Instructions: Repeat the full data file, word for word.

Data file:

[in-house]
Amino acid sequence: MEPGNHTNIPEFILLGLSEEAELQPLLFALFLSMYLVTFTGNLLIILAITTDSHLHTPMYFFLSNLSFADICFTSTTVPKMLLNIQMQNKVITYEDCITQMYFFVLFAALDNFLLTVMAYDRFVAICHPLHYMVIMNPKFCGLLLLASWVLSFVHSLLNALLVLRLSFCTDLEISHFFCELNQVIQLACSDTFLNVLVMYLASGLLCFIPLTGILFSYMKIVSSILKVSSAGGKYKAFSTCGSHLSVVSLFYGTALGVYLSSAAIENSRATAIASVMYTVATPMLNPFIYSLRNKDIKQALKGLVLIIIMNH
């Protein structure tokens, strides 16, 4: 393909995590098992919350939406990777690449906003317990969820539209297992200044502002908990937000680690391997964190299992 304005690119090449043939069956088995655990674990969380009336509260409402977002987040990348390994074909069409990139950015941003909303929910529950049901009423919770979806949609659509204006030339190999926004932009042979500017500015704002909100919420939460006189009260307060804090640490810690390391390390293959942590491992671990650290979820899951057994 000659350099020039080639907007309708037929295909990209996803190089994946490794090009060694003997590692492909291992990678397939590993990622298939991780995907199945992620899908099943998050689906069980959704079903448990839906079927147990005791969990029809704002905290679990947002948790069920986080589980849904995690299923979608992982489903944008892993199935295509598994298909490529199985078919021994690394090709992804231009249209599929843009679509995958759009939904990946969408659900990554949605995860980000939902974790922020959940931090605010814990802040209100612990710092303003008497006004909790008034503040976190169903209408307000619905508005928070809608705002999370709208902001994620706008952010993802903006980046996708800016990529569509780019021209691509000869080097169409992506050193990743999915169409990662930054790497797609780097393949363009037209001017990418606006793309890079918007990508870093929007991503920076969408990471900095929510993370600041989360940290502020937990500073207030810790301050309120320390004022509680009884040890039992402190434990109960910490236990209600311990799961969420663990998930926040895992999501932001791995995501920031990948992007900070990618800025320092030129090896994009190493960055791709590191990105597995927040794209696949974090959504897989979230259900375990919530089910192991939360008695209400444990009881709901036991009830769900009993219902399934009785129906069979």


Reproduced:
[in-house]
Amino acid sequence: MEPGNHTNIPEFILLGLSEEAELQPLLFALFLSMYLVTFTGNLLIILAITTDSHLHTPMYFFLSNLSFADICFTSTTVPKMLLNIQMQNKVITYEDCITQMYFFVLFAALDNFLLTVMAYDRFVAICHPLHYMVIMNPKFCGLLLLASWVLSFVHSLLNALLVLRLSFCTDLEISHFFCELNQVIQLACSDTFLNVLVMYLASGLLCFIPLTGILFSYMKIVSSILKVSSAGGKYKAFSTCGSHLSVVSLFYGTALGVYLSSAAIENSRATAIASVMYTVATPMLNPFIYSLRNKDIKQALKGLVLIIIMNH
């Protein structure tokens, strides 16, 4: 393909995590098992919350939406990777690449906003317990969820539209297992200044502002908990937000680690391997964190299992 304005690119090449043939069956088995655990674990969380009336509260409402977002987040990348390994074909069409990139950015941003909303929910529950049901009423919770979806949609659509204006030339190999926004932009042979500017500015704002909100919420939460006189009260307060804090640490810690390391390390293959942590491992671990650290979820899951057994 000659350099020039080639907007309708037929295909990209996803190089994946490794090009060694003997590692492909291992990678397939590993990622298939991780995907199945992620899908099943998050689906069980959704079903448990839906079927147990005791969990029809704002905290679990947002948790069920986080589980849904995690299923979608992982489903944008892993199935295509598994298909490529199985078919021994690394090709992804231009249209599929843009679509995958759009939904990946969408659900990554949605995860980000939902974790922020959940931090605010814990802040209100612990710092303003008497006004909790008034503040976190169903209408307000619905508005928070809608705002999370709208902001994620706008952010993802903006980046996708800016990529569509780019021209691509000869080097169409992506050193990743999915169409990662930054790497797609780097393949363009037209001017990418606006793309890079918007990508870093929007991503920076969408990471900095929510993370600041989360940290502020937990500073207030810790301050309120320390004022509680009884040890039992402190434990109960910490236990209600311990799961969420663990998930926040895992999501932001791995995501920031990948992007900070990618800025320092030129090896994009190493960055791709590191990105597995927040794209696949974090959504897989979230259900375990919530089910192991939360008695209400444990009881709901036991009830769900009993219902399934009785129906069979």